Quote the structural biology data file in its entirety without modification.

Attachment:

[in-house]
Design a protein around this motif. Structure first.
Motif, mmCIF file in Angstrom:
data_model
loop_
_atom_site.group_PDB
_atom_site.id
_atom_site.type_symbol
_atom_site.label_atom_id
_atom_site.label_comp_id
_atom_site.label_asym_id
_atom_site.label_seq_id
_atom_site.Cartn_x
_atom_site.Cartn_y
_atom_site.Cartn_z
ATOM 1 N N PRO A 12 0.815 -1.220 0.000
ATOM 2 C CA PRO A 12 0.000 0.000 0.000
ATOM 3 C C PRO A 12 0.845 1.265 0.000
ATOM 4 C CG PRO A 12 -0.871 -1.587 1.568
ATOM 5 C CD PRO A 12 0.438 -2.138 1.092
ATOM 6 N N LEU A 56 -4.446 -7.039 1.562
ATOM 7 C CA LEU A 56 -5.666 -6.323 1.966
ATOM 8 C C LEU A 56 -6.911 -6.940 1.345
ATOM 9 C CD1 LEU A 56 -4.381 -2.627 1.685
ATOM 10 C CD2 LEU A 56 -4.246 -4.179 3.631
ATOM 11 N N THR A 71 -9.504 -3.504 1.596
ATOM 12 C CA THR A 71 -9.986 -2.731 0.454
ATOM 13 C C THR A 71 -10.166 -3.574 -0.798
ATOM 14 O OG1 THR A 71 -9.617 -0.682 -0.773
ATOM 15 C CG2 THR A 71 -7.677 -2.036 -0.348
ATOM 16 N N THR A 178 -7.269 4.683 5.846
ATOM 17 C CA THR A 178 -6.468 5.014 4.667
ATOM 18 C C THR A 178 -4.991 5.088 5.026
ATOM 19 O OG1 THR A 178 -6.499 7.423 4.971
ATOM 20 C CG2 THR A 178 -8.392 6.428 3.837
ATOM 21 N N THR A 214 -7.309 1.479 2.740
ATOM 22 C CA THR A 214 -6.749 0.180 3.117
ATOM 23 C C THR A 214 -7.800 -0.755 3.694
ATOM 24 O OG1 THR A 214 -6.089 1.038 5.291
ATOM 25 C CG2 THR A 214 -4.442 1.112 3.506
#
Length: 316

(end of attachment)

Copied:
[in-house]
Design a protein around this motif. Structure first.
Motif, mmCIF file in Angstrom:
data_model
loop_
_atom_site.group_PDB
_atom_site.id
_atom_site.type_symbol
_atom_site.label_atom_id
_atom_site.label_comp_id
_atom_site.label_asym_id
_atom_site.label_seq_id
_atom_site.Cartn_x
_atom_site.Cartn_y
_atom_site.Cartn_z
ATOM 1 N N PRO A 12 0.815 -1.220 0.000
ATOM 2 C CA PRO A 12 0.000 0.000 0.000
ATOM 3 C C PRO A 12 0.845 1.265 0.000
ATOM 4 C CG PRO A 12 -0.871 -1.587 1.568
ATOM 5 C CD PRO A 12 0.438 -2.138 1.092
ATOM 6 N N LEU A 56 -4.446 -7.039 1.562
ATOM 7 C CA LEU A 56 -5.666 -6.323 1.966
ATOM 8 C C LEU A 56 -6.911 -6.940 1.345
ATOM 9 C CD1 LEU A 56 -4.381 -2.627 1.685
ATOM 10 C CD2 LEU A 56 -4.246 -4.179 3.631
ATOM 11 N N THR A 71 -9.504 -3.504 1.596
ATOM 12 C CA THR A 71 -9.986 -2.731 0.454
ATOM 13 C C THR A 71 -10.166 -3.574 -0.798
ATOM 14 O OG1 THR A 71 -9.617 -0.682 -0.773
ATOM 15 C CG2 THR A 71 -7.677 -2.036 -0.348
ATOM 16 N N THR A 178 -7.269 4.683 5.846
ATOM 17 C CA THR A 178 -6.468 5.014 4.667
ATOM 18 C C THR A 178 -4.991 5.088 5.026
ATOM 19 O OG1 THR A 178 -6.499 7.423 4.971
ATOM 20 C CG2 THR A 178 -8.392 6.428 3.837
ATOM 21 N N THR A 214 -7.309 1.479 2.740
ATOM 22 C CA THR A 214 -6.749 0.180 3.117
ATOM 23 C C THR A 214 -7.800 -0.755 3.694
ATOM 24 O OG1 THR A 214 -6.089 1.038 5.291
ATOM 25 C CG2 THR A 214 -4.442 1.112 3.506
#
Length: 316